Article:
Count me as an IBEW fan.

  4. dcblogger

    it is not just about greed, it is about power. Most of these companies are consumer brands, their corporate reputation directly impacts their profitability. But the owners are so blind with class war anger that they cannot see the massive damage union busting does to their company.

  5. Anthony G Stegman

    Rather than mere civil penalties for unfair labor practices there needs to be criminal penalties. Executives need to be locked up. Talk about using fear as a great motivator.

  6. Anthony G Stegman

    I’m guessing that it will be a very heavy lift to get people to eschew Starbucks, Amazon, Trader Joe’s, and the like. Their market positions are so strong that they have little fear of consumer boycotts. That is why they act with such impunity (plus, the legal system is heavily skewed to their advantage).

    1. drumlin woodchuckles

      Starbucks should be easier to eschew than Amazon in many places because most places with a Starbucks also have a Not Starbucks coffeeplace as well. So Starbucks users would just have to overcome a lifetime of entrenched habit and deep inertia to go to a Not Starbucks instead.

      Of course I too have read/heard about Starbucks burning its coffeebeans to create that special signature “scorched Starbucks” taste. And Starbucks uses a very-high-caffeine coffee to get people mildly addicted to its high levels of caffeine, and the scorched Starbucks taste says The Caffeine Is Here! So a number of people will not eschew Starbucks for anything.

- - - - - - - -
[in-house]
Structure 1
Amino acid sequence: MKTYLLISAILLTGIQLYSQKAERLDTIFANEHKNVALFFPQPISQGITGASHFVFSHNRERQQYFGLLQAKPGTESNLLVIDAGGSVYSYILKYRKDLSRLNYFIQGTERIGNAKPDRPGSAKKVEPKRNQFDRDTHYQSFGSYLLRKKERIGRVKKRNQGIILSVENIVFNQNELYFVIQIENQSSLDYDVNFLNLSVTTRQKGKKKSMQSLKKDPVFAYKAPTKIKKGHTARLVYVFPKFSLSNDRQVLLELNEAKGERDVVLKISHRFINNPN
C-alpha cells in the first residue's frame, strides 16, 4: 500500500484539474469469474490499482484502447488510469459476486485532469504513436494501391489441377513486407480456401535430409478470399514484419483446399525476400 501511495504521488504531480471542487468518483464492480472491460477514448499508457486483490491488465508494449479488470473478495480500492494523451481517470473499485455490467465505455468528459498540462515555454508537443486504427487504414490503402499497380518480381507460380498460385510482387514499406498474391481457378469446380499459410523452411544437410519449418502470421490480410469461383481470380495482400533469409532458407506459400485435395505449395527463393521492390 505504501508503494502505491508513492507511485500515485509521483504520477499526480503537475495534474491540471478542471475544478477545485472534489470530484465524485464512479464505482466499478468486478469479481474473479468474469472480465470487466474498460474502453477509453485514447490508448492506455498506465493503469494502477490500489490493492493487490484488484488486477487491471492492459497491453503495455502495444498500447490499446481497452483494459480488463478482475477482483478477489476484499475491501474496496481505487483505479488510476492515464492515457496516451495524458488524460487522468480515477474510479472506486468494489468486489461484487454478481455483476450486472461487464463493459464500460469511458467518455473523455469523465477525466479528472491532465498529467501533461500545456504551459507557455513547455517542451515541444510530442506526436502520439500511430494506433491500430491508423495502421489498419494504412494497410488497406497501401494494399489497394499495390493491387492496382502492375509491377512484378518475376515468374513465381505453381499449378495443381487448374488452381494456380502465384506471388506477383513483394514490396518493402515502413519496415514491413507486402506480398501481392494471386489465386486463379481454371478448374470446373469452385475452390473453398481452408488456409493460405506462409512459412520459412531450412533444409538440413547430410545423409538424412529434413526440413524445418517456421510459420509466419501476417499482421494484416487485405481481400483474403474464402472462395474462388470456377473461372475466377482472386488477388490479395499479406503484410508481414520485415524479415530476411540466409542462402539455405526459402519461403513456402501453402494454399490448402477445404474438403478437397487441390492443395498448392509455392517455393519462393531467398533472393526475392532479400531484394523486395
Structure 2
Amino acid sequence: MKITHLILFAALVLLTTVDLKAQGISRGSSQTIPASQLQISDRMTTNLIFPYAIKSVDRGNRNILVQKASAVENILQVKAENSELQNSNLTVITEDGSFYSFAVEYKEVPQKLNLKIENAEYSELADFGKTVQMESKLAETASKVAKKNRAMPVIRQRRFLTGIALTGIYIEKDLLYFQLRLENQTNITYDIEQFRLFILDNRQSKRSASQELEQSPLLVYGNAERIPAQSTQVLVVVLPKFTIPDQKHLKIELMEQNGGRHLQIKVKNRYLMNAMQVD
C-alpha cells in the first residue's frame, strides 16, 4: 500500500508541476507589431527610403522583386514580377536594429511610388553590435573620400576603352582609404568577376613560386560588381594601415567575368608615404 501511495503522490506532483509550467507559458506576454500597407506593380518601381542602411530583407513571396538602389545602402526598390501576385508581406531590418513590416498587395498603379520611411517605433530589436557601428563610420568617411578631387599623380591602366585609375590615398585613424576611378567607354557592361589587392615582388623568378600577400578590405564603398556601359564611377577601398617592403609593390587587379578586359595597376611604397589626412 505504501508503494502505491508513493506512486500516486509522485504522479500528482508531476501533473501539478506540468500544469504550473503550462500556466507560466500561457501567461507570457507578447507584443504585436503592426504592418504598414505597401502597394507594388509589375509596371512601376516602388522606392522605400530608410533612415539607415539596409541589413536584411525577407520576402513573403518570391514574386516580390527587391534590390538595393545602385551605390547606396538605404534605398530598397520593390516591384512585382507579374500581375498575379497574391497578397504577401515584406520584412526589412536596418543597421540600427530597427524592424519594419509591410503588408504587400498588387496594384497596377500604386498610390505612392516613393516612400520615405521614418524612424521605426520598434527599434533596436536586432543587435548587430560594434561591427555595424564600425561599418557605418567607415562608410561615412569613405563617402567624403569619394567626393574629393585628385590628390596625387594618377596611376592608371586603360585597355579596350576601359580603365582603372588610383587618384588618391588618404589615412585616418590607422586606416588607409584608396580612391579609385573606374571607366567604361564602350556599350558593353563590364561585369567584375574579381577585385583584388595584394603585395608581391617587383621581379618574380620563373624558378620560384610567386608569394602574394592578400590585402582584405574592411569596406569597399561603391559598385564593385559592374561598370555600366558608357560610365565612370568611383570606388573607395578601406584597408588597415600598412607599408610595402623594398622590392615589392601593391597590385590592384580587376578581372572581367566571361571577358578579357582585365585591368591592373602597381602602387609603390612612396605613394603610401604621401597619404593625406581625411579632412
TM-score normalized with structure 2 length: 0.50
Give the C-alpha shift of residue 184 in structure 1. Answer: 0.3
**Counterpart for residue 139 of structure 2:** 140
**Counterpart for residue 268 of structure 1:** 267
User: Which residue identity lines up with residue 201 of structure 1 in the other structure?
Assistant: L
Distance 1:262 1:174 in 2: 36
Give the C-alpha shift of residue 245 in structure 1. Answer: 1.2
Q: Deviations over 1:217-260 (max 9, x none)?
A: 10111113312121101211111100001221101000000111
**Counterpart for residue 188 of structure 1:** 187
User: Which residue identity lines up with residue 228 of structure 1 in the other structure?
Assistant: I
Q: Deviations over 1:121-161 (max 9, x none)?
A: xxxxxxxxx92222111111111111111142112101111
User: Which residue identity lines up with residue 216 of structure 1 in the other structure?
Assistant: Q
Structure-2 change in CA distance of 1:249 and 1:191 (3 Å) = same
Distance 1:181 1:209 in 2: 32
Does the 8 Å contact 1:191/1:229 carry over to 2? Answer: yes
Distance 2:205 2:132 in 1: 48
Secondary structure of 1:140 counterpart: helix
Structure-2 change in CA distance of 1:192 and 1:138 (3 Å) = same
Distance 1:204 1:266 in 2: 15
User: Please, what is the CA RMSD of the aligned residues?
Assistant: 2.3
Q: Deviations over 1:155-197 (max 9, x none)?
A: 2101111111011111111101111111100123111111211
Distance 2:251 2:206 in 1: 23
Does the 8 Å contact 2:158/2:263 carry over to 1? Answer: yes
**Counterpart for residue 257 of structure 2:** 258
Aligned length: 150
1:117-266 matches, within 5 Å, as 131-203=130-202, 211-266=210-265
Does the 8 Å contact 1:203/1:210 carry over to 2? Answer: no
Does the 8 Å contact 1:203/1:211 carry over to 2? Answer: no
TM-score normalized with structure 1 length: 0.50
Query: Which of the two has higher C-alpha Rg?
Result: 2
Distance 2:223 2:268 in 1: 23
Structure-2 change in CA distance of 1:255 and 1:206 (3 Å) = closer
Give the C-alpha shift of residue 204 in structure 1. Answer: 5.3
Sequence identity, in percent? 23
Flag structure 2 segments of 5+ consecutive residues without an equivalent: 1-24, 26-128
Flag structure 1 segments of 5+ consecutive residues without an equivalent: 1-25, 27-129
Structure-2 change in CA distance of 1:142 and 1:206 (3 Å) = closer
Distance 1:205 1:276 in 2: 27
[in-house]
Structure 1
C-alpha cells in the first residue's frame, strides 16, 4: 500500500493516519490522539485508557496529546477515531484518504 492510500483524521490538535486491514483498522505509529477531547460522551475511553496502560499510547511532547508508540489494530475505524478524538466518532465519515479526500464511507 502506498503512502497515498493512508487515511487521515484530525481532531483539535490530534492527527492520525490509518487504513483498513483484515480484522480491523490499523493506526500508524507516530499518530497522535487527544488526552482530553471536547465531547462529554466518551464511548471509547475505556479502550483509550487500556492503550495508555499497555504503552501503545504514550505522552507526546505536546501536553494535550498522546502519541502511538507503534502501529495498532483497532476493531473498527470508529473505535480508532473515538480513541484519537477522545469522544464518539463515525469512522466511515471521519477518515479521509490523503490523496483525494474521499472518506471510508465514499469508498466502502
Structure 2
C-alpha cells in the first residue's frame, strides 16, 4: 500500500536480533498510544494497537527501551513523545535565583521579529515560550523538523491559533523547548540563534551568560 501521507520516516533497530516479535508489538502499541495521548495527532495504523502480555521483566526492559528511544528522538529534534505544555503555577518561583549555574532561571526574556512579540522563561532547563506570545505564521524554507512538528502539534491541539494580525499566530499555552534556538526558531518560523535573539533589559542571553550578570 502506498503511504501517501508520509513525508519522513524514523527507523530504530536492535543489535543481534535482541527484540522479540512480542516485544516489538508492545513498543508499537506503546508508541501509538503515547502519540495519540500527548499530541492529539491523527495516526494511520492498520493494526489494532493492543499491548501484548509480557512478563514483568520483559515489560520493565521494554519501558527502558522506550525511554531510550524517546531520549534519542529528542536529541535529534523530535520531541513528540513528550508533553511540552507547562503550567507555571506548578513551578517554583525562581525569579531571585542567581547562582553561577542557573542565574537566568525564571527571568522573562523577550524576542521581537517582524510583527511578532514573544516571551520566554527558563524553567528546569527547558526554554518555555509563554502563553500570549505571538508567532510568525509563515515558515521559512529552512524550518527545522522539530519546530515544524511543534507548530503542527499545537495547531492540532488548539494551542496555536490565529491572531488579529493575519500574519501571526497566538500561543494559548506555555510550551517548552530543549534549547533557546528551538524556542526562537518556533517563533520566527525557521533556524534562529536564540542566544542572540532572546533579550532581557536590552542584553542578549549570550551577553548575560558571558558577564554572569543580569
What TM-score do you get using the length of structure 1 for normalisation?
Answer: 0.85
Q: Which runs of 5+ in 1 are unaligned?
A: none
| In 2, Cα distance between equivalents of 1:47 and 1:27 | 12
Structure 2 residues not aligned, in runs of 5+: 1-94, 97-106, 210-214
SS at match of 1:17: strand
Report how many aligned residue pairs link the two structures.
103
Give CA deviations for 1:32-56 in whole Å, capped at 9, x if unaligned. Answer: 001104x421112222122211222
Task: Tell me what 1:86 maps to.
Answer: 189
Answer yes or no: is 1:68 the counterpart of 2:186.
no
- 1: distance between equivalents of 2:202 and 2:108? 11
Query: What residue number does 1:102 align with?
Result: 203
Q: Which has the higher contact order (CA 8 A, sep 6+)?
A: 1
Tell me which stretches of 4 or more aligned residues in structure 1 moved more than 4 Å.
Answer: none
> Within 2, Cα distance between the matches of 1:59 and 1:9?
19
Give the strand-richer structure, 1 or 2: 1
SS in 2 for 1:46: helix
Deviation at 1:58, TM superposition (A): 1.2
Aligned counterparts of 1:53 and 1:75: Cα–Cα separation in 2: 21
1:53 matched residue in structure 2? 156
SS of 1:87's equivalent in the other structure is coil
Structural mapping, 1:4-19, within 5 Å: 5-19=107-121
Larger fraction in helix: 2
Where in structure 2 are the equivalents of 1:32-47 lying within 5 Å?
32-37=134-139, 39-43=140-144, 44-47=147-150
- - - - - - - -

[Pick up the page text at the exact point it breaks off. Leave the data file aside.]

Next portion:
But maybe enough people can be brought to overcome mere inertia enough to toddle on over to the nearest Not Starbucks to be able to collapse certain targetted Starbuckses in place. At the very least, if a disgruntled “younger-leaning” part of the customer base could try cancelling every Starbucks where people who look like them have been fired or persecuted for joining or leading a union, Starbucks could learn the price of anti-union activity.

      Cancel Starbucks. Just Say No . . . to Starbucks. The counter-Starbucks campaign could even satirize those funny old DARE propaganda efforts. SARE . . . for Starbucks Awareness Resistance Education.
      SARE to be great. etc.